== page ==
Strangely enough, the out-of-focus pictures properly show the paper as white, but the in-focus ones cast them as a yellowish pallor.

You see? When I say I left myself a comment in a writing prompt book, I Do. Not. Lie.

We've reached the end, my friend...

And when I say that I ran out of room and had to mash in an awkward last sentence to tie the whole mess together, I Do. Not. Lie. Again.

If you’re interested in the book I’m using, it’s called WRITE THE STORY. I make no endorsement, as I’ve hardly scratched the surface. Though I must admit, the title on Amazon is Write The Story Art Teaching School Kids Adults Class Project Leaning, which is not only awkward but appears to have a typo in it. But the two exercises I’ve done thus far are…writer prompty and have been fun.

 
 

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You Don’t Have To Be Precise

“You know you don’t have to be precise, Dad.”

My kids say this to me at least four times a week. Reproachfully. The guaranteed times are every evening after they finish their homework (Monday – Thursday nights) and are forced to endure my returning it to them with the mistakes highlighted.

They don’t like this, as they’d prefer that once the homework is done, it’s done.

Actually, they’d prefer not to do the homework at all, but as I constantly remind them, life isn’t fair.

Often the return of this flawed homework is accompanied by much wailing and gnashing of teeth.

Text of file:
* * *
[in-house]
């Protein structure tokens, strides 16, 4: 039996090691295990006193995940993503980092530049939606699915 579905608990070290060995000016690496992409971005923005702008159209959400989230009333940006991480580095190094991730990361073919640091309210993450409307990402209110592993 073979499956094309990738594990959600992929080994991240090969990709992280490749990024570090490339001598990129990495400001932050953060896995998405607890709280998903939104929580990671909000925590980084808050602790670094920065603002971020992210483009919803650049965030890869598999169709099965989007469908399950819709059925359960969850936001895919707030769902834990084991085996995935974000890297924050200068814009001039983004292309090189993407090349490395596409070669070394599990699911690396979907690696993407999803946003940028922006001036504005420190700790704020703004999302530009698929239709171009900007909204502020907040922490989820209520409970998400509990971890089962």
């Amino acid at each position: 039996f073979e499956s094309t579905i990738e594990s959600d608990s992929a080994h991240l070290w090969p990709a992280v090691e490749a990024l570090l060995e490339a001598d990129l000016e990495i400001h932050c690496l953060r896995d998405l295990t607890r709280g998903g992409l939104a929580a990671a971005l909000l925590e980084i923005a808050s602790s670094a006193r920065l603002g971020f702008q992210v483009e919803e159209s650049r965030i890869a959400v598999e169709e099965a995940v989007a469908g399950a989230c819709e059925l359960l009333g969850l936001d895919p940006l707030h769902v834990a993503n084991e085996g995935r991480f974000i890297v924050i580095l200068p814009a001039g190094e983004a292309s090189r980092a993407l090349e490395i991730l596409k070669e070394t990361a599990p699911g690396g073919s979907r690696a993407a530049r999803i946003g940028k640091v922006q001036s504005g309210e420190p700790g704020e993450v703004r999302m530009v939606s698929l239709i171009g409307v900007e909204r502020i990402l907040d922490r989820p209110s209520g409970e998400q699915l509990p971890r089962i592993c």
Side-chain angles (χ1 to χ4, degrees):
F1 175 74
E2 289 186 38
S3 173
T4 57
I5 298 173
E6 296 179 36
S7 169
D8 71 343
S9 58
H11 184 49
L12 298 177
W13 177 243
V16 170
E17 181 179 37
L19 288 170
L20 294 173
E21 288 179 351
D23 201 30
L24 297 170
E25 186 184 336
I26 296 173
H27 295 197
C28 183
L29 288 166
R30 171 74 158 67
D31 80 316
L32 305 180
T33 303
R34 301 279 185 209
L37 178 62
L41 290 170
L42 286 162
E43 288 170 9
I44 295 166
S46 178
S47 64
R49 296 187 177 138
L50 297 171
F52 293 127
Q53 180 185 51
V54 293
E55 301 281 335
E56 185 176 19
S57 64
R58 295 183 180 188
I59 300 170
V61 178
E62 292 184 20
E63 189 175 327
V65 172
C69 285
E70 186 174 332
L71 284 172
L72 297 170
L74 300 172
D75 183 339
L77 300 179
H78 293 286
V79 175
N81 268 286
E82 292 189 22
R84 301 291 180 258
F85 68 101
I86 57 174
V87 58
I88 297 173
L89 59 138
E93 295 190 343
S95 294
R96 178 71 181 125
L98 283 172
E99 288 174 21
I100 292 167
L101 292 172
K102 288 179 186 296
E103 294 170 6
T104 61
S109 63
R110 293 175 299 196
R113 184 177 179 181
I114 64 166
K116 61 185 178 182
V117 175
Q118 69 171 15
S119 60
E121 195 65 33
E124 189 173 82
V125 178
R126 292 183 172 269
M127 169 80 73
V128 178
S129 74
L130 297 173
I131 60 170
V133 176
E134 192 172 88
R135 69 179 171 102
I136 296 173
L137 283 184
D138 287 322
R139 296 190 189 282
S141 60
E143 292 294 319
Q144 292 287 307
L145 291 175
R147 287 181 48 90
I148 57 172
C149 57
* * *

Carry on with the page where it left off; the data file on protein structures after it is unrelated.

They get pretty upset too.

I’m not helped in my push for “getting it right” when one kiddo defiantly informs me that his teacher has said “It doesn’t have to be precise.” This attribution to the teacher may be true, but that doesn’t sway me.

So homework takes about four times as long as it needs, and becomes a dreadful anticipation every evening after dinner.

At first, because they don’t want to do it. Then, once they are doing it, they are stunningly inefficient about it, interrupting each other, stopping to do a song and/or dance, or claiming such a state of dehydration that if they don’t get something to drink (preferably with chocolate in it), they will die. Literally die.

Then, once it’s done and handed to me, Stage 2 begins. Errors are found and pointed out, sheets of paper handed back, and at this point the stomping begins. Angry stomps that, because they are so young and low mass, are almost comical in their lack of resonance and inspiration of dread.